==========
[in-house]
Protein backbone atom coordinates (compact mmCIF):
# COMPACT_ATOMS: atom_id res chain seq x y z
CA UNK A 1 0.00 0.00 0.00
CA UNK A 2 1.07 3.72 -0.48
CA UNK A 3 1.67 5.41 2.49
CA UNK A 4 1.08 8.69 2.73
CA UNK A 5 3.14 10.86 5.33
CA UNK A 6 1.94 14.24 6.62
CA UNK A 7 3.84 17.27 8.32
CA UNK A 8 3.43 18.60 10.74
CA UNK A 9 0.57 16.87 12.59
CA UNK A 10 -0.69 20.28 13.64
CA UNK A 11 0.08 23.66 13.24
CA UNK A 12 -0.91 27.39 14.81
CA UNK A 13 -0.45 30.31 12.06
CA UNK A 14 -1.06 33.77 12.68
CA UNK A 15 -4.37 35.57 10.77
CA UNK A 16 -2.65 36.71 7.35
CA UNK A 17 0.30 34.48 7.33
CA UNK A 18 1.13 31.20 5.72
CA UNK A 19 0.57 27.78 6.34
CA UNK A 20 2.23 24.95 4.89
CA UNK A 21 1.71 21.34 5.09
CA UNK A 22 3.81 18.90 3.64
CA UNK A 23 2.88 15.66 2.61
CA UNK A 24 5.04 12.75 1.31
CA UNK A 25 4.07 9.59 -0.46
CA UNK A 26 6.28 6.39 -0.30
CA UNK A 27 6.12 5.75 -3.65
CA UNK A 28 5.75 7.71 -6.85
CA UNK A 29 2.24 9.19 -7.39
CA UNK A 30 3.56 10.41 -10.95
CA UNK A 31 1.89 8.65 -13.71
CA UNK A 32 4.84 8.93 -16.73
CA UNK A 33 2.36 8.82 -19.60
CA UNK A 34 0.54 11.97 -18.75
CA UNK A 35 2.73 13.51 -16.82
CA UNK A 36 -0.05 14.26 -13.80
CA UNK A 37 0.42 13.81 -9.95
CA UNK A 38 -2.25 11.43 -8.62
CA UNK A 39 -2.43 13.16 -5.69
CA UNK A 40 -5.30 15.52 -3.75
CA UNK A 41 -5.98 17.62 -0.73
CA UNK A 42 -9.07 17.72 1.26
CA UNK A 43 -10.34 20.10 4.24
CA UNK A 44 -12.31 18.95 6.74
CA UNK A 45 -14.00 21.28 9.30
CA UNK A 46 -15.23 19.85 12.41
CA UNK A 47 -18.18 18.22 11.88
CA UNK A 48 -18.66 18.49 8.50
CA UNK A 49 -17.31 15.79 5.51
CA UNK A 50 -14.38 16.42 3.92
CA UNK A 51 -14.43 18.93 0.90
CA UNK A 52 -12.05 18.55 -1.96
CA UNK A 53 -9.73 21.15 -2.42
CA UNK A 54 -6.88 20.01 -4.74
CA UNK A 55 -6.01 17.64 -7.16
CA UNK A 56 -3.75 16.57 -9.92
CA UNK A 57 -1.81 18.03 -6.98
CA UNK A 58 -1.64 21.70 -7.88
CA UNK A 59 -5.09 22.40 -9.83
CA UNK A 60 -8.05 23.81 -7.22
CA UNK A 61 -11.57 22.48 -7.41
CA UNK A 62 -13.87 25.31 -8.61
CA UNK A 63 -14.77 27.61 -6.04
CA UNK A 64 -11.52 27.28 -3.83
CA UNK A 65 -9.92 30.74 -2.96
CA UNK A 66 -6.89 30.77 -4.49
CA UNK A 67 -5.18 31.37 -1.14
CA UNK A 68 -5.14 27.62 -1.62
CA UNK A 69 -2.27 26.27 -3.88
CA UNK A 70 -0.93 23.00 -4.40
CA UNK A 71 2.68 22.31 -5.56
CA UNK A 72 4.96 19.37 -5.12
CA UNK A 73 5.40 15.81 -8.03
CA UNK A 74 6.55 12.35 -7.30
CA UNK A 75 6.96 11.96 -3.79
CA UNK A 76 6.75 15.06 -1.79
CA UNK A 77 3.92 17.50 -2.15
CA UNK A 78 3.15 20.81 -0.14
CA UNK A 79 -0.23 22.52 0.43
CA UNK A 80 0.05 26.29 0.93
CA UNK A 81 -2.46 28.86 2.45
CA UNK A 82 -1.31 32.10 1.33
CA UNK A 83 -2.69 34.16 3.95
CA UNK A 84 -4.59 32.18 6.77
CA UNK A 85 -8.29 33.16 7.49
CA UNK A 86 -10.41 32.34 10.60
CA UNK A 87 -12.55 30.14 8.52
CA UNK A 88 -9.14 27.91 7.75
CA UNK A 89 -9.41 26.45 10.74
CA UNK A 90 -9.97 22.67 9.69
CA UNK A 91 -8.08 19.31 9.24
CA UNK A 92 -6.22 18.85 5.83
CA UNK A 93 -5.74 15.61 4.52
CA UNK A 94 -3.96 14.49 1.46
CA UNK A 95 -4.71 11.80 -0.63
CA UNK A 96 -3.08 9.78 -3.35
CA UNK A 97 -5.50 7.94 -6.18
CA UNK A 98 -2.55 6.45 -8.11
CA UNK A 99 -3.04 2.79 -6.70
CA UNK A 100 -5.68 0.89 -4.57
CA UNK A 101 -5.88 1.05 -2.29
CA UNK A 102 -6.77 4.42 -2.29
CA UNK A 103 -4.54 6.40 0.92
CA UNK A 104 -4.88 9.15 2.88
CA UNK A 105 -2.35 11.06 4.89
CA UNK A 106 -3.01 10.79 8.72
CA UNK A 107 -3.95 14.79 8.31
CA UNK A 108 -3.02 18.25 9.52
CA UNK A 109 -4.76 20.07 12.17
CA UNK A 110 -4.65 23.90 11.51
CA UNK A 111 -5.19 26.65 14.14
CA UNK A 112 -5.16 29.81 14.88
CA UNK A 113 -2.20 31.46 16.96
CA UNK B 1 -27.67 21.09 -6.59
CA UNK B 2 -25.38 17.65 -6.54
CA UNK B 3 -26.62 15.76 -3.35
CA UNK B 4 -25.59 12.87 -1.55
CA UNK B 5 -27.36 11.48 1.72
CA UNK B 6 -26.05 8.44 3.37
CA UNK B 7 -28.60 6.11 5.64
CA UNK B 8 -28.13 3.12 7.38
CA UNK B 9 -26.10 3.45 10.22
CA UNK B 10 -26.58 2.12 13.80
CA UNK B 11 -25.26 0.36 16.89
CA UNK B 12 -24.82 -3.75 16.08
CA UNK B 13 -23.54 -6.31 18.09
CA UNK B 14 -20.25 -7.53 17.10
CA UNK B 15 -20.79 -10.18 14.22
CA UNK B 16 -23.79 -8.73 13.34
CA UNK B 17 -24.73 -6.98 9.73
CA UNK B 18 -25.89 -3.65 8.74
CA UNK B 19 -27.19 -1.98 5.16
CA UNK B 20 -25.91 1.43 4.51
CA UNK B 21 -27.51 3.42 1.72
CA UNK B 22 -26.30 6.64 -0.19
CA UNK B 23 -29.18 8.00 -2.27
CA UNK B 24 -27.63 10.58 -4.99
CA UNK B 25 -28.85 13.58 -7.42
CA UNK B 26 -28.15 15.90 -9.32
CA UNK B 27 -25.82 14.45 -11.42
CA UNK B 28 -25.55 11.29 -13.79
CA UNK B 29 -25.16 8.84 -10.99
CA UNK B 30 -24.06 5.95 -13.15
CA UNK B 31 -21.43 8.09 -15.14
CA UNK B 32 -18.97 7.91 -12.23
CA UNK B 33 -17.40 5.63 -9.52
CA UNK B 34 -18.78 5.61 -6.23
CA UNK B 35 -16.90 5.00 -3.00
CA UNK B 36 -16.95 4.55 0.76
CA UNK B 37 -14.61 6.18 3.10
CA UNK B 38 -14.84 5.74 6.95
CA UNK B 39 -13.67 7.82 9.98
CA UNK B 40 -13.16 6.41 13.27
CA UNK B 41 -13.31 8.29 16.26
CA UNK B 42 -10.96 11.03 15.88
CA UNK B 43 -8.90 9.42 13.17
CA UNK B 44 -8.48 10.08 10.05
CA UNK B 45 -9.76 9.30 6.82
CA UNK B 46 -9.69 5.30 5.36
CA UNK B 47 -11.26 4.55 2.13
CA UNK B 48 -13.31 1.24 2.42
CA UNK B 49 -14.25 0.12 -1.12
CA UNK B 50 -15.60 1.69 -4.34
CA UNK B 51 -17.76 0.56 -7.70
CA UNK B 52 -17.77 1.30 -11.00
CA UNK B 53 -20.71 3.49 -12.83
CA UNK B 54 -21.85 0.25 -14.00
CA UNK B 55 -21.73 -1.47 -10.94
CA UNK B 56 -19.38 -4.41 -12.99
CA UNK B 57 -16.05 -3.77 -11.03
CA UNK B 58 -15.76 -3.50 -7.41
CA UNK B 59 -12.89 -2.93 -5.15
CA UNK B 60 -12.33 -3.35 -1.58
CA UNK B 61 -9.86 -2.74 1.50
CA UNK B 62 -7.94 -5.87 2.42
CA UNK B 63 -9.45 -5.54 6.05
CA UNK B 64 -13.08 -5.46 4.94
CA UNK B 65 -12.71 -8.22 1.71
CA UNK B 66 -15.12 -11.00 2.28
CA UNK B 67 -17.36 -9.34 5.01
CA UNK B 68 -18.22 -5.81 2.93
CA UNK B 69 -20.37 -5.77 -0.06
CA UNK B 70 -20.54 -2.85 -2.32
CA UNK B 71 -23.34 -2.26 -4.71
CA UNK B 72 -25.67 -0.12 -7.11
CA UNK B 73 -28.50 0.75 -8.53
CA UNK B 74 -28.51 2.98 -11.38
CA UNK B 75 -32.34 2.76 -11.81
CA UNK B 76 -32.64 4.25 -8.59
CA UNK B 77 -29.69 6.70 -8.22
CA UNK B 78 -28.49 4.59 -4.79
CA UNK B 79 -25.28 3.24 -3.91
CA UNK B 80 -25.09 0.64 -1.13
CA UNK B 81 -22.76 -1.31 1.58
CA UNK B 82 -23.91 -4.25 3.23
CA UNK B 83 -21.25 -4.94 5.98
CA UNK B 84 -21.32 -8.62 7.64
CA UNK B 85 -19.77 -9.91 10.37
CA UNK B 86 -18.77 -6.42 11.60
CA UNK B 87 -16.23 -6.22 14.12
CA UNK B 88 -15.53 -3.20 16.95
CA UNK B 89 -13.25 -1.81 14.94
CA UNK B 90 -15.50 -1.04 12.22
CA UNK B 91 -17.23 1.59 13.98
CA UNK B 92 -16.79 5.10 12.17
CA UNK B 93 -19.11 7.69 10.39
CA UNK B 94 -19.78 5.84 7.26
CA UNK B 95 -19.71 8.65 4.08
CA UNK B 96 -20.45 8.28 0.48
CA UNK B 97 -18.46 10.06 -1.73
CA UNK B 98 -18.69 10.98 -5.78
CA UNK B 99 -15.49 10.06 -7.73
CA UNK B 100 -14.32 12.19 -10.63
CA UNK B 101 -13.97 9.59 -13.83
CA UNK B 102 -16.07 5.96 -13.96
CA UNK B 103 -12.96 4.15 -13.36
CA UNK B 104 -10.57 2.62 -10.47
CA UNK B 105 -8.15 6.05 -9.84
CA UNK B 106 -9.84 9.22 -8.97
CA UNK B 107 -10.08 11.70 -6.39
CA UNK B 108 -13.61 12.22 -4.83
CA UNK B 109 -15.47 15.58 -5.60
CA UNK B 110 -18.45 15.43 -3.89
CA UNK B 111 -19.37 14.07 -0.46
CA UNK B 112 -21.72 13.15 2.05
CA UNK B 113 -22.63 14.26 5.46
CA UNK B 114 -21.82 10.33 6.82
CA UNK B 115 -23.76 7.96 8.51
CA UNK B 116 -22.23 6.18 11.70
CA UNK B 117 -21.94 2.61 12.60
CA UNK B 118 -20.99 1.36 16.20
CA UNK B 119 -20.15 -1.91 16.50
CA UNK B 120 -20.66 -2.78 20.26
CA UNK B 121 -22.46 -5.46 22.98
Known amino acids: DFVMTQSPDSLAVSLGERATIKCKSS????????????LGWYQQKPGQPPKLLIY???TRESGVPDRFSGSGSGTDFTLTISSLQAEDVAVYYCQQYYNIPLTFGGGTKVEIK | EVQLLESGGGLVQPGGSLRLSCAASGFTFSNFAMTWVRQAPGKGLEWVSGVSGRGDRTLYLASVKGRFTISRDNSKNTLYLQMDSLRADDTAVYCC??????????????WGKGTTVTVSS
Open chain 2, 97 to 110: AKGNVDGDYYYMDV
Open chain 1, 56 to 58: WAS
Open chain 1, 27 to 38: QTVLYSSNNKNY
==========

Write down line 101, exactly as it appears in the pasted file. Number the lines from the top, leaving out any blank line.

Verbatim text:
CA UNK A 98 -2.55 6.45 -8.11